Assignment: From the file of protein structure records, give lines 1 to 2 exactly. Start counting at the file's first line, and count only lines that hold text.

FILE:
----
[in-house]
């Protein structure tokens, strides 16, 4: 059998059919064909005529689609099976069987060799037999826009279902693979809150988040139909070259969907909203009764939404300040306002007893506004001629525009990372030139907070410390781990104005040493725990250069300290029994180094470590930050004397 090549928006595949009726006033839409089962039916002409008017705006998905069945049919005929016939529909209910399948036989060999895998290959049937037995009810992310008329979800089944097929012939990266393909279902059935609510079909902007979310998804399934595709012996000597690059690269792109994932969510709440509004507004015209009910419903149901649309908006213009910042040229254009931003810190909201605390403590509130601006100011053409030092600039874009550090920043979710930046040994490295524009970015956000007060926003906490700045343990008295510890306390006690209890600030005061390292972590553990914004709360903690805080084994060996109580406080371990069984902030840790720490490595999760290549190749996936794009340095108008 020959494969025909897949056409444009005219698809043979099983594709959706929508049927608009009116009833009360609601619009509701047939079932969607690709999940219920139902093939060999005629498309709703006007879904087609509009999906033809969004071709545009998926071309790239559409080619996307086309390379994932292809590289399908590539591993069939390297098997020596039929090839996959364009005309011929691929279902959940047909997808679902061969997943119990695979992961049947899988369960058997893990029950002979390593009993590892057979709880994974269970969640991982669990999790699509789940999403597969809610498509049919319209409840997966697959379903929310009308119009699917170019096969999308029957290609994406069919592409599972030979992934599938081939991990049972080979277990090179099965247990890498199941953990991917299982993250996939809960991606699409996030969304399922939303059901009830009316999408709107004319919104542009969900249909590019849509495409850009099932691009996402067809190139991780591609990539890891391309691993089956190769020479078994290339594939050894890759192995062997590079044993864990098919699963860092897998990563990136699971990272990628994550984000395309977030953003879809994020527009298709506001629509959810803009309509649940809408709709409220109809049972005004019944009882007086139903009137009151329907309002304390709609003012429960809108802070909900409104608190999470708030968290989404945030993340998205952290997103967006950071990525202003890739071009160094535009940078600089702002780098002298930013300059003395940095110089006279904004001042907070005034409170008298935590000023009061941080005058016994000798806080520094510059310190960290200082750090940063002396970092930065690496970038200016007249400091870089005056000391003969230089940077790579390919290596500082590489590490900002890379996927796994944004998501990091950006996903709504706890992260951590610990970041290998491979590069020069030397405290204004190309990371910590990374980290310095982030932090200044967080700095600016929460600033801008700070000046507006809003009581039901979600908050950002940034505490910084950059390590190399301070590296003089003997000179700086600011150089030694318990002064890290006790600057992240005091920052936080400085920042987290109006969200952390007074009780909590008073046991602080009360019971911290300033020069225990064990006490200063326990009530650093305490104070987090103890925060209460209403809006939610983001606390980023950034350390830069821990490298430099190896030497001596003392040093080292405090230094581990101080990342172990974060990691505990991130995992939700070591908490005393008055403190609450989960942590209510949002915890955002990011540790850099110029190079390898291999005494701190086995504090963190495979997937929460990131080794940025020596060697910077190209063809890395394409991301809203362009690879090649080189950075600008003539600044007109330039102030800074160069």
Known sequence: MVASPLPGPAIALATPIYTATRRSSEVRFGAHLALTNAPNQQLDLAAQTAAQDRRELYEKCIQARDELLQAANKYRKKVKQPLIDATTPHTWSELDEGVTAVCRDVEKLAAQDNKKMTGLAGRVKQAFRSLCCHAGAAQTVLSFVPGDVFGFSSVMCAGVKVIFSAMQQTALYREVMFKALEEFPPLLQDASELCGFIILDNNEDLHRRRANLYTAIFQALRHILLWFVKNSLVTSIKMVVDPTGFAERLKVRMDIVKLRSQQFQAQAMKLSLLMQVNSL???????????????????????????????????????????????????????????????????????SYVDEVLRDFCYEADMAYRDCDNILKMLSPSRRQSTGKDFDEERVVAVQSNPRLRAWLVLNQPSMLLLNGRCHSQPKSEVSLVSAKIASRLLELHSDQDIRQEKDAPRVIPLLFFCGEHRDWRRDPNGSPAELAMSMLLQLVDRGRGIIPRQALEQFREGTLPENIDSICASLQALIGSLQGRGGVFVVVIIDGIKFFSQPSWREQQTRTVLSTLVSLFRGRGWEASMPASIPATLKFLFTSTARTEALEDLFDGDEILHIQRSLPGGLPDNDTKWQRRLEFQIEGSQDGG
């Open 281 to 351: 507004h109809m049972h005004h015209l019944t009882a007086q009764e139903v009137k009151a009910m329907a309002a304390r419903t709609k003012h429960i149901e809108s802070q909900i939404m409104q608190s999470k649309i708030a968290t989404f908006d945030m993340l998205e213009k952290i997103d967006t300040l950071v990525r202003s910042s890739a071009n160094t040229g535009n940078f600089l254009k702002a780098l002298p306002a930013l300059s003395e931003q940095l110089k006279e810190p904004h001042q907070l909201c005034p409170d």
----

[in-house]
């Protein structure tokens, strides 16, 4: 059998059919064909005529689609099976069987060799037999826009279902693979809150988040139909070259969907909203009764939404300040306002007893506004001629525009990372030139907070410390781990104005040493725990250069300290029994180094470590930050004397 090549928006595949009726006033839409089962039916002409008017705006998905069945049919005929016939529909209910399948036989060999895998290959049937037995009810992310008329979800089944097929012939990266393909279902059935609510079909902007979310998804399934595709012996000597690059690269792109994932969510709440509004507004015209009910419903149901649309908006213009910042040229254009931003810190909201605390403590509130601006100011053409030092600039874009550090920043979710930046040994490295524009970015956000007060926003906490700045343990008295510890306390006690209890600030005061390292972590553990914004709360903690805080084994060996109580406080371990069984902030840790720490490595999760290549190749996936794009340095108008 020959494969025909897949056409444009005219698809043979099983594709959706929508049927608009009116009833009360609601619009509701047939079932969607690709999940219920139902093939060999005629498309709703006007879904087609509009999906033809969004071709545009998926071309790239559409080619996307086309390379994932292809590289399908590539591993069939390297098997020596039929090839996959364009005309011929691929279902959940047909997808679902061969997943119990695979992961049947899988369960058997893990029950002979390593009993590892057979709880994974269970969640991982669990999790699509789940999403597969809610498509049919319209409840997966697959379903929310009308119009699917170019096969999308029957290609994406069919592409599972030979992934599938081939991990049972080979277990090179099965247990890498199941953990991917299982993250996939809960991606699409996030969304399922939303059901009830009316999408709107004319919104542009969900249909590019849509495409850009099932691009996402067809190139991780591609990539890891391309691993089956190769020479078994290339594939050894890759192995062997590079044993864990098919699963860092897998990563990136699971990272990628994550984000395309977030953003879809994020527009298709506001629509959810803009309509649940809408709709409220109809049972005004019944009882007086139903009137009151329907309002304390709609003012429960809108802070909900409104608190999470708030968290989404945030993340998205952290997103967006950071990525202003890739071009160094535009940078600089702002780098002298930013300059003395940095110089006279904004001042907070005034409170008298935590000023009061941080005058016994000798806080520094510059310190960290200082750090940063002396970092930065690496970038200016007249400091870089005056000391003969230089940077790579390919290596500082590489590490900002890379996927796994944004998501990091950006996903709504706890992260951590610990970041290998491979590069020069030397405290204004190309990371910590990374980290310095982030932090200044967080700095600016929460600033801008700070000046507006809003009581039901979600908050950002940034505490910084950059390590190399301070590296003089003997000179700086600011150089030694318990002064890290006790600057992240005091920052936080400085920042987290109006969200952390007074009780909590008073046991602080009360019971911290300033020069225990064990006490200063326990009530650093305490104070987090103890925060209460209403809006939610983001606390980023950034350390830069821990490298430099190896030497001596003392040093080292405090230094581990101080990342172990974060990691505990991130995992939700070591908490005393008055403190609450989960942590209510949002915890955002990011540790850099110029190079390898291999005494701190086995504090963190495979997937929460990131080794940025020596060697910077190209063809890395394409991301809203362009690879090649080189950075600008003539600044007109330039102030800074160069």